"The most scientific of the humanities, the most humanistic of the sciences"
Anthropology studies humanity in all its aspects: from our evolution as a
species, to our relationship with the material world, and our vast variety of
social practices and cultural forms.
Our department is one of only a few broad based anthropology departments in the UK comprised of four sub-sections including Biological Anthropology, Social Anthropology, Material Culture and Medical Anthropology. Our teaching and research reflects the breadth and depth of this cross and interdisciplinary approach.
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News and Events
A UCL lecture will be live-streamed around the world next week on the Periscope platform, in the first partnership of its kind with a UK university.
Published: Oct 21, 2016 2:05:22 PM
Thursday, 01 December 2016
Annamaria Dall’Anese, PhD student, UCL Anthropology
If the informal use of the internet through personal devices on board merchant vessels encounters barriers due to patchy infrastructure and weather issues, then the formal provision of ICT-empowered telemedicine has brought to an end the era when the sea made the ship an entirely isolated environment. The ship in the age of ICT appears as Foucault described it: as a “heterotopia”; a place that is both isolated and penetrable. My interest in merchant marines was sparked by joining a cargo ship sailing from Australia to Singapore as a passenger/English teacher in 2009. The passage, though short, gave me the opportunity to discover the social life of these communities, and I became intrigued by the issue of connectivity at sea.…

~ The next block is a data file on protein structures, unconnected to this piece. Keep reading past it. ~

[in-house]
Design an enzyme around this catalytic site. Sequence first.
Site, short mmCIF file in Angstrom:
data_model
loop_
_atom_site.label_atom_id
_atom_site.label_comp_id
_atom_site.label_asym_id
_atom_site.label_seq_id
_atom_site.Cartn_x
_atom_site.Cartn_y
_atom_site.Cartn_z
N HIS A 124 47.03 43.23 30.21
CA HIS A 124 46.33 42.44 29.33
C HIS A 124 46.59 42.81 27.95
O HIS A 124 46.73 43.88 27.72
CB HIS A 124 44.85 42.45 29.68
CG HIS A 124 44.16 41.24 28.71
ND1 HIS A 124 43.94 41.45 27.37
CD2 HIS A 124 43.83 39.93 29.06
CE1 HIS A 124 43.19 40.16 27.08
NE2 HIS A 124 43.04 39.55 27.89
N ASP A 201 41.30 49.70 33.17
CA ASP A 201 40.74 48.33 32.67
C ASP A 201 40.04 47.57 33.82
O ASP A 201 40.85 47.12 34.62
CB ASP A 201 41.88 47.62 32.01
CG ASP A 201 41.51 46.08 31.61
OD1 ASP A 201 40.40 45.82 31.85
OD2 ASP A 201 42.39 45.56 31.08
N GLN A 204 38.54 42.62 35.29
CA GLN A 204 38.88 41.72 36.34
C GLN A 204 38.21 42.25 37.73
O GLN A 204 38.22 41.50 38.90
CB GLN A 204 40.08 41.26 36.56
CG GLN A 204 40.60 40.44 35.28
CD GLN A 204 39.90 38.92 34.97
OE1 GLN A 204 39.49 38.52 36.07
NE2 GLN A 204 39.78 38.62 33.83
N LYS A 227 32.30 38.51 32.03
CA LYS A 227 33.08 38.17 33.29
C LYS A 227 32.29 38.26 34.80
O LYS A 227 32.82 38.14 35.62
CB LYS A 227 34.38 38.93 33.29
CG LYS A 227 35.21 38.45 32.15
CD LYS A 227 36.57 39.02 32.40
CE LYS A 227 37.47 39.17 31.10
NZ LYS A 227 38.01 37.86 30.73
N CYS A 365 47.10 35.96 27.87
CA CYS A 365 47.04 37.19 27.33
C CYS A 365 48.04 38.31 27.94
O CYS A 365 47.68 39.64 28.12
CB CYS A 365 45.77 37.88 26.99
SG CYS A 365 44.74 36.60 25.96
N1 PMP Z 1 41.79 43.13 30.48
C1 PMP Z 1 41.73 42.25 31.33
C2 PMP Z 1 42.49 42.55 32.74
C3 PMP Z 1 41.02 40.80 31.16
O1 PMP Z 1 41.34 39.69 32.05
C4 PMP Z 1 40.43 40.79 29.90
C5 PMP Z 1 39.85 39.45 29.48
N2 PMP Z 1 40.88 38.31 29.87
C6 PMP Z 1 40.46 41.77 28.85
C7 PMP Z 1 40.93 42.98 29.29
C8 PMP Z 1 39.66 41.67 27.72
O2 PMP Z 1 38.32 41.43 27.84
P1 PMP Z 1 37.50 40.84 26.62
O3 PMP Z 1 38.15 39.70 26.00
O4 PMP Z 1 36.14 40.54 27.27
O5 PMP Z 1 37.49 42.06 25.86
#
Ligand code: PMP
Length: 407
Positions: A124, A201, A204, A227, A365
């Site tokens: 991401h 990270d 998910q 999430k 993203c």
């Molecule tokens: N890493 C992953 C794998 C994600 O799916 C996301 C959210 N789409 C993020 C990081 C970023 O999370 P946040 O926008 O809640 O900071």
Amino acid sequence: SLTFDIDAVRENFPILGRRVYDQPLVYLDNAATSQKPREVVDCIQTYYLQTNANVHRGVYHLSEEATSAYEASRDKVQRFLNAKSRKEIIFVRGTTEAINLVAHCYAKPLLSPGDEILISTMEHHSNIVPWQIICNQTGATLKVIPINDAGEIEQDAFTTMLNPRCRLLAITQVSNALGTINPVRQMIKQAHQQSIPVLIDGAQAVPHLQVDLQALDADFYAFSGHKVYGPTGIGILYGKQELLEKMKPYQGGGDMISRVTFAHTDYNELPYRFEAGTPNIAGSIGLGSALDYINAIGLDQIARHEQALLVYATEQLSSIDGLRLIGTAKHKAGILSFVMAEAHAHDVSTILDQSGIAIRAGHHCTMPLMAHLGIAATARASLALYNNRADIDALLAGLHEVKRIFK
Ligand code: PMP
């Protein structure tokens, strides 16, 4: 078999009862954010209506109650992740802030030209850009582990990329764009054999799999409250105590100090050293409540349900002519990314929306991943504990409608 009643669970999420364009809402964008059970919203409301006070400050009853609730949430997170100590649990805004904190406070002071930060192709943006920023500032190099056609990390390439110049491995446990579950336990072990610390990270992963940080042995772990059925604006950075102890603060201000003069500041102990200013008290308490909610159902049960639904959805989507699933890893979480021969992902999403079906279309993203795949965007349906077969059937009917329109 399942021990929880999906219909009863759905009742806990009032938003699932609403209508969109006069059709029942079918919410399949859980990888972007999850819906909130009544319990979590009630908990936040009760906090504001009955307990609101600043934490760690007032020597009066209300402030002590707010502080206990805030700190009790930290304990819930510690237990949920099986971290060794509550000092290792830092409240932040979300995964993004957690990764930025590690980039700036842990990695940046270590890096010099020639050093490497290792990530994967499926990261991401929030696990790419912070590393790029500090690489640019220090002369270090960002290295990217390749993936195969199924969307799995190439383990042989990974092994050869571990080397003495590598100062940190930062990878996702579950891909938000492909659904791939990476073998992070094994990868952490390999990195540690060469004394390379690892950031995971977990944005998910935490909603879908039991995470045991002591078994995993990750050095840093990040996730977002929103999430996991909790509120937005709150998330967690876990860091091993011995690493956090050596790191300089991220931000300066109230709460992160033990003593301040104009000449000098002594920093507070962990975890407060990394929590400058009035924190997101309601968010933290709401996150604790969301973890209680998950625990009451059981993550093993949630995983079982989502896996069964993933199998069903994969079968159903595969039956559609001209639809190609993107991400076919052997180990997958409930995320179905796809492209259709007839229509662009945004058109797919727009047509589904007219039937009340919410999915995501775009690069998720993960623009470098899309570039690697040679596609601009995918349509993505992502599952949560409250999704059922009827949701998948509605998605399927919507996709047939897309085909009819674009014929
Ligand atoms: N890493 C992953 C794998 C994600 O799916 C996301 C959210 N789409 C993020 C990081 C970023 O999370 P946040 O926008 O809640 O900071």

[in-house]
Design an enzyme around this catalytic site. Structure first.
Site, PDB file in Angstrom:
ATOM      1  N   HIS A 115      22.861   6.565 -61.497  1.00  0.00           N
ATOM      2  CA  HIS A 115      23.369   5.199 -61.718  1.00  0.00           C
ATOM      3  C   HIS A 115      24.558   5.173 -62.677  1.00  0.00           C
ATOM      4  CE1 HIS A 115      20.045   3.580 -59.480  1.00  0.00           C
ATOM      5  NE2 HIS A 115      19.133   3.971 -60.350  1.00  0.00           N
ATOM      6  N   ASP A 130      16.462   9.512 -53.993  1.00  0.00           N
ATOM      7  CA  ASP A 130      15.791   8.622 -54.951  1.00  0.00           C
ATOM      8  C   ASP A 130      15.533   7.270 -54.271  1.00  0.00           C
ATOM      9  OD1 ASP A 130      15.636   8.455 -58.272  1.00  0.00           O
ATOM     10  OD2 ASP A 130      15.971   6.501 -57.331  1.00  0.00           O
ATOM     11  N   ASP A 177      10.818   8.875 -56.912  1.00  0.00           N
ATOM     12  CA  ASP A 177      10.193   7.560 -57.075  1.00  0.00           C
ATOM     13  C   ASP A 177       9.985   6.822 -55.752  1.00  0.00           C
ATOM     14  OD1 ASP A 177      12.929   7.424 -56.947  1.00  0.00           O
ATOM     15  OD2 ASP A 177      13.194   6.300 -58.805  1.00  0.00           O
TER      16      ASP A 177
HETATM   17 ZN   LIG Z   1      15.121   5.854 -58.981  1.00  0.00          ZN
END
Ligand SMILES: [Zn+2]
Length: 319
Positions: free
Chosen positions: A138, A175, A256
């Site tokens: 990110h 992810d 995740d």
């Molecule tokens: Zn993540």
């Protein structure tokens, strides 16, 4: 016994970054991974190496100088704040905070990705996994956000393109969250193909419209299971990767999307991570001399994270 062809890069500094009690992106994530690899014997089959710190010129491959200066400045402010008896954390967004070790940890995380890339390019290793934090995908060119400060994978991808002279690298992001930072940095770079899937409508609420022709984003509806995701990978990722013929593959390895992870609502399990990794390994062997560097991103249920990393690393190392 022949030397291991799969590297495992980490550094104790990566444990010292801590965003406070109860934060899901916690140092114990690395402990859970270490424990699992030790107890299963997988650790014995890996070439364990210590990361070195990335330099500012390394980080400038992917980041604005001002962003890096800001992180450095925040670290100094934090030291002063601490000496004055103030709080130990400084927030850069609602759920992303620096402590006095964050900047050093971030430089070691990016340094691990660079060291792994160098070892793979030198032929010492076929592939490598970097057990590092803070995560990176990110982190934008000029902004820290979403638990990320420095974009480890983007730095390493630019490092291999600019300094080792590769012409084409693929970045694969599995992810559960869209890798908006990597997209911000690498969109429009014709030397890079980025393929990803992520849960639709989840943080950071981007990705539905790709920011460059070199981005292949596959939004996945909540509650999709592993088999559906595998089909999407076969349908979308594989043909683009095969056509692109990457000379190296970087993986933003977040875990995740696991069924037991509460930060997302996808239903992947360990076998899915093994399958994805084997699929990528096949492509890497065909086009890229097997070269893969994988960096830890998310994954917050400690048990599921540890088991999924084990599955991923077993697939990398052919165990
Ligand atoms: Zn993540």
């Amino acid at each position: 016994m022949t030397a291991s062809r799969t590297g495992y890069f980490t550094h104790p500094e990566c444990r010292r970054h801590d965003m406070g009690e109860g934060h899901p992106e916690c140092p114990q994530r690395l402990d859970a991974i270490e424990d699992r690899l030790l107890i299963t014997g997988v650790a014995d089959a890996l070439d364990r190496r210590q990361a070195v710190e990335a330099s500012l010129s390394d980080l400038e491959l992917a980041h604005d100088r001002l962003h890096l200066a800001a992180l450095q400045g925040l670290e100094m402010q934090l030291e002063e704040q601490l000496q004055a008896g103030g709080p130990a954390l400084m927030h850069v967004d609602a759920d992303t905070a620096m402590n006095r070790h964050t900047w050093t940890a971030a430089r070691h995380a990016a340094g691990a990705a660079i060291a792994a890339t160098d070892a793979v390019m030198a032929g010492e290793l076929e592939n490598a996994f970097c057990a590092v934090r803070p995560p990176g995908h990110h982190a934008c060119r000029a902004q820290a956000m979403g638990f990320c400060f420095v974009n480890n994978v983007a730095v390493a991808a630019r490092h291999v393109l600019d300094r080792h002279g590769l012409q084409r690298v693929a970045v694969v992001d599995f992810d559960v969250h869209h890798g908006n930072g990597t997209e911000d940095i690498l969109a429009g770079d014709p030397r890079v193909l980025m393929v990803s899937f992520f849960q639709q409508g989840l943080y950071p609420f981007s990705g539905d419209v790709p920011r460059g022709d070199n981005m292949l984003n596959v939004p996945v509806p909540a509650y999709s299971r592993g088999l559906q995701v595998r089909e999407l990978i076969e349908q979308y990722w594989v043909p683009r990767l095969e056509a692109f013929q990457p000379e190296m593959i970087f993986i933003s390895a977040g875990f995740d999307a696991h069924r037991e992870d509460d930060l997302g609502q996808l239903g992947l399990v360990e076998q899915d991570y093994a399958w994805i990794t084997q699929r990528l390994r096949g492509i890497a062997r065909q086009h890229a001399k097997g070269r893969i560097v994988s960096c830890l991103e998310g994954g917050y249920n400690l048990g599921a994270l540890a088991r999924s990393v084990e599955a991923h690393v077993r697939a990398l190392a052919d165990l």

Monday, 28 November 2016
On the 15th November, 2016, we held our Second Advisory Board Meeting at the Club Coworking space, in the ICC Tower, Ulaanbaatar, Mongolia. This time our Advisory Board was tasked with presenting three features that they think defines capitalism in Mongolia today. Each person was asked to speak for 20 mins or so on their […]
Monday, 21 March 2016
Written by Caroline Wright Sawdust & Threads is a residency and exhibition programme that takes de-accessioned and un-accessioned museum objects as its material. Artist Caroline Wright has undertaken residencies at three different museum collections and selected objects that have been de- or un-accessioned. Caroline has made detailed drawings of each of the objects that are […]
Thursday, 10 March 2016
Agathe Faure MRes Social Anthropology University College London I conducted ethnographic fieldwork from May to July 2015 in villages of cacao farmers along the river of Alto Huayabamba, Peruvian Amazonia. Employed by an international company providing environmental services, I was to observe environmental programmes through their local implementation in the area. I quickly realised that … Continue reading Performing sustainable agriculture in the Peruvian Amazon
The trailer introduces some of the topics you will explore in the free online course created by UCL Anthropology 'Why We Post: the Anthropology of Social Media'.